the -- The word translated as "the" is the Greek definite article, which usually precedes a noun and, without a noun, takes the meaning of "the one." The Greek article is much closer to our demonstrative pronouns ("this", "that", "these", "those"). See this article for more.

untranslated "his own"-- (MW) The untranslated word "his own" is a very unusual word. It is not the very common pronoun usually translated as "his," but a specific word that means "one's own", "pertaining to oneself," and "private."

authority. -- The term translated as "authority" isn't the "power" of skill or energy but of authority, control, and the ability to choose.

to set -- (WF) The Greek wrd translated as "set" is translated from a Greek word that means primarily "to put," and "to place," but which has many related meanings as well. The verb is a form that means the subject acts by or for himself. This in not an infinitive by an active verb.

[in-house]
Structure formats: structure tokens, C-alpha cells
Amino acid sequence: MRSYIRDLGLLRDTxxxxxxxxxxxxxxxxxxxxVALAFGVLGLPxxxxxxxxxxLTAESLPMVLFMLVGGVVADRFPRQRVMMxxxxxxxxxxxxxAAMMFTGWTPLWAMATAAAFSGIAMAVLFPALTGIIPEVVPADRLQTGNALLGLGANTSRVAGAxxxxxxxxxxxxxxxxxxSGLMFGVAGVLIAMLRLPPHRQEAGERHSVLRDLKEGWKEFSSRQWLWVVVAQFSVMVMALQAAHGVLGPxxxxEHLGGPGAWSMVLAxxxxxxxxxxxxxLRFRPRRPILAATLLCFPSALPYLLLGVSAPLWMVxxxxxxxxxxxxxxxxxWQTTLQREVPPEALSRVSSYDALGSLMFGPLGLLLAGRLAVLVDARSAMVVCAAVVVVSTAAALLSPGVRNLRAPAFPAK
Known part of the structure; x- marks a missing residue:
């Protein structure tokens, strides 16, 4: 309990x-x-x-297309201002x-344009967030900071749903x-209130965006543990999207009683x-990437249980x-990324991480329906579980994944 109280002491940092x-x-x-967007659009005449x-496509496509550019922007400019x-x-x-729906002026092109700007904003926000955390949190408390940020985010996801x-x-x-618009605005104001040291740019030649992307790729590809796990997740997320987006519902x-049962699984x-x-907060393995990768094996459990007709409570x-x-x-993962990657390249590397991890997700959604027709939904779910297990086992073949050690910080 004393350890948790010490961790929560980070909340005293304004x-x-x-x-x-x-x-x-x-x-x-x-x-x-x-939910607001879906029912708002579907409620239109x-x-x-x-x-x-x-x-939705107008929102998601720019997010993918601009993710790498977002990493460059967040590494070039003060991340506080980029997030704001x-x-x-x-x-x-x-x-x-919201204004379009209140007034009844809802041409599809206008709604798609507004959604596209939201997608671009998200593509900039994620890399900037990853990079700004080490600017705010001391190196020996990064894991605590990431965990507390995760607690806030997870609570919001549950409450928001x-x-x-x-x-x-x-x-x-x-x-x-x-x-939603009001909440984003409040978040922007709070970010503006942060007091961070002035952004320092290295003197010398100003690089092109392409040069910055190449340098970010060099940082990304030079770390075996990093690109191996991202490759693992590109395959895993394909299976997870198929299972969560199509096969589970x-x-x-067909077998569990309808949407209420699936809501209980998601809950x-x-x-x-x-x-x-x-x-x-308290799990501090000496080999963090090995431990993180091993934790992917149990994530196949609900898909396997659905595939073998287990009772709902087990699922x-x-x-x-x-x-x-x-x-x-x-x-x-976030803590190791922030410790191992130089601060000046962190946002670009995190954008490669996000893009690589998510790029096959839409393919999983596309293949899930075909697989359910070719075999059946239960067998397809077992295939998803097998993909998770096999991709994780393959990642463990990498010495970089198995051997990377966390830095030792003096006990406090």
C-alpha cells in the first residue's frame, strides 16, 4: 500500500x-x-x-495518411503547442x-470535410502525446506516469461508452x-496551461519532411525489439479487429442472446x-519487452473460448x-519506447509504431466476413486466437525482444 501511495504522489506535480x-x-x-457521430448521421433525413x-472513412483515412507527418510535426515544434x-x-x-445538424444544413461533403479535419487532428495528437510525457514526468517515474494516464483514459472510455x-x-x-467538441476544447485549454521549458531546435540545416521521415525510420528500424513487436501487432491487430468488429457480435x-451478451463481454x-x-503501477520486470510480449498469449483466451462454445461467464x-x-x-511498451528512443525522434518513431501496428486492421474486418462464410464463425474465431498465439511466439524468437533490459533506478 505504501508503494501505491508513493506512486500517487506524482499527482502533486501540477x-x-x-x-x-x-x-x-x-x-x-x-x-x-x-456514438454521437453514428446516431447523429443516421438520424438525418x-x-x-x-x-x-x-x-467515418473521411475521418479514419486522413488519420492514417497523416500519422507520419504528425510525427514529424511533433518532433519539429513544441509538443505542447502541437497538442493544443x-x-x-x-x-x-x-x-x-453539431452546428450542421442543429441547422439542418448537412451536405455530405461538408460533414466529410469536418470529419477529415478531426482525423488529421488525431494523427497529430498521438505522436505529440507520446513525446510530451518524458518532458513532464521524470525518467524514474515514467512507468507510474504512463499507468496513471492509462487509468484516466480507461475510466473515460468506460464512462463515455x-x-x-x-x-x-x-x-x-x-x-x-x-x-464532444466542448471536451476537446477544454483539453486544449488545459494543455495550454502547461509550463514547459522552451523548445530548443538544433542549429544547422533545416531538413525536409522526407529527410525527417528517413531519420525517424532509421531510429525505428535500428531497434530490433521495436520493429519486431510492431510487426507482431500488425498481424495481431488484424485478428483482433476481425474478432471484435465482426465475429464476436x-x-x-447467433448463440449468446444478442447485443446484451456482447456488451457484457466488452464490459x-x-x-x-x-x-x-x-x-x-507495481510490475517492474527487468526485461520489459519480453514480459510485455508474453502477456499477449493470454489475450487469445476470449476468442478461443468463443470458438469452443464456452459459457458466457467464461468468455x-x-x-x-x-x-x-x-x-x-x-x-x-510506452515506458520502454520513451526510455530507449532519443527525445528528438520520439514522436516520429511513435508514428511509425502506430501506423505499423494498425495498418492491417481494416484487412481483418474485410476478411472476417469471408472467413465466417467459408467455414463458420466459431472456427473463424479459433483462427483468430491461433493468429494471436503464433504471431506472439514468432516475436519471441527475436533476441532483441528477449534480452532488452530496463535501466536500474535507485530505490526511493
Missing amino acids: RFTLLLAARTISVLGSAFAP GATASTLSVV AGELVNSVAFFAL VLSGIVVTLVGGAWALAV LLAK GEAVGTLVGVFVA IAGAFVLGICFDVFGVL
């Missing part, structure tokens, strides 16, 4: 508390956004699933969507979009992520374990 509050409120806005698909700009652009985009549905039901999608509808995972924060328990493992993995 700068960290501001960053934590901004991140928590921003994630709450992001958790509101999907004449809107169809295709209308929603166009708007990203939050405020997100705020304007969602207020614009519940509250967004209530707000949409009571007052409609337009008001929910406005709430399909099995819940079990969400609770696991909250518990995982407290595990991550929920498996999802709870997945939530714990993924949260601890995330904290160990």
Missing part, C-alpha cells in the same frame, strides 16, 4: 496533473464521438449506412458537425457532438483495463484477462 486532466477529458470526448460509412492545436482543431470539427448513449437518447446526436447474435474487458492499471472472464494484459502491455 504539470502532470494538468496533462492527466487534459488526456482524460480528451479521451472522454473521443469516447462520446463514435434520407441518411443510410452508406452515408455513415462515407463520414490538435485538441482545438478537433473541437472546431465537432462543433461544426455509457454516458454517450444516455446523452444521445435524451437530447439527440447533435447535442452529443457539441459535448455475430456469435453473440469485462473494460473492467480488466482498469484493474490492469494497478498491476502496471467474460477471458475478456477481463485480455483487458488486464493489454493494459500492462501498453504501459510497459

missing "himself"-- (WV) A phrase is necessary because the form of the word is a middle voice, which means that the subject is to  act for, by, or on himself. Here, the sense is "by himself."

those - (IW) There is no Greek word that can be translated as "those" in the Greek source.

times -- "Times" is a word that means "time", "a definite period of time", "period", "date", "term", "lifetime", "age",  "season", "delay," and "tense."

and-- (WW) This "and" is translated from a Greek word that means primarily "or" but serves as "than" in a comparison. The same word could also be the exclamation "hi" or the adverb meaning "in truth."

dates, --(WW)  "Dates" is a noun that means "due measure", "season", "opportunity", "time," and "profit."

and -- (WW) The word "and" is a demonstrative pronoun ("this" "that"), but it often acts as a pronoun ("the one that), especially a connective pronoun ("the one that") introducing a dependent clause.

they - This is from the third-person form of the verb.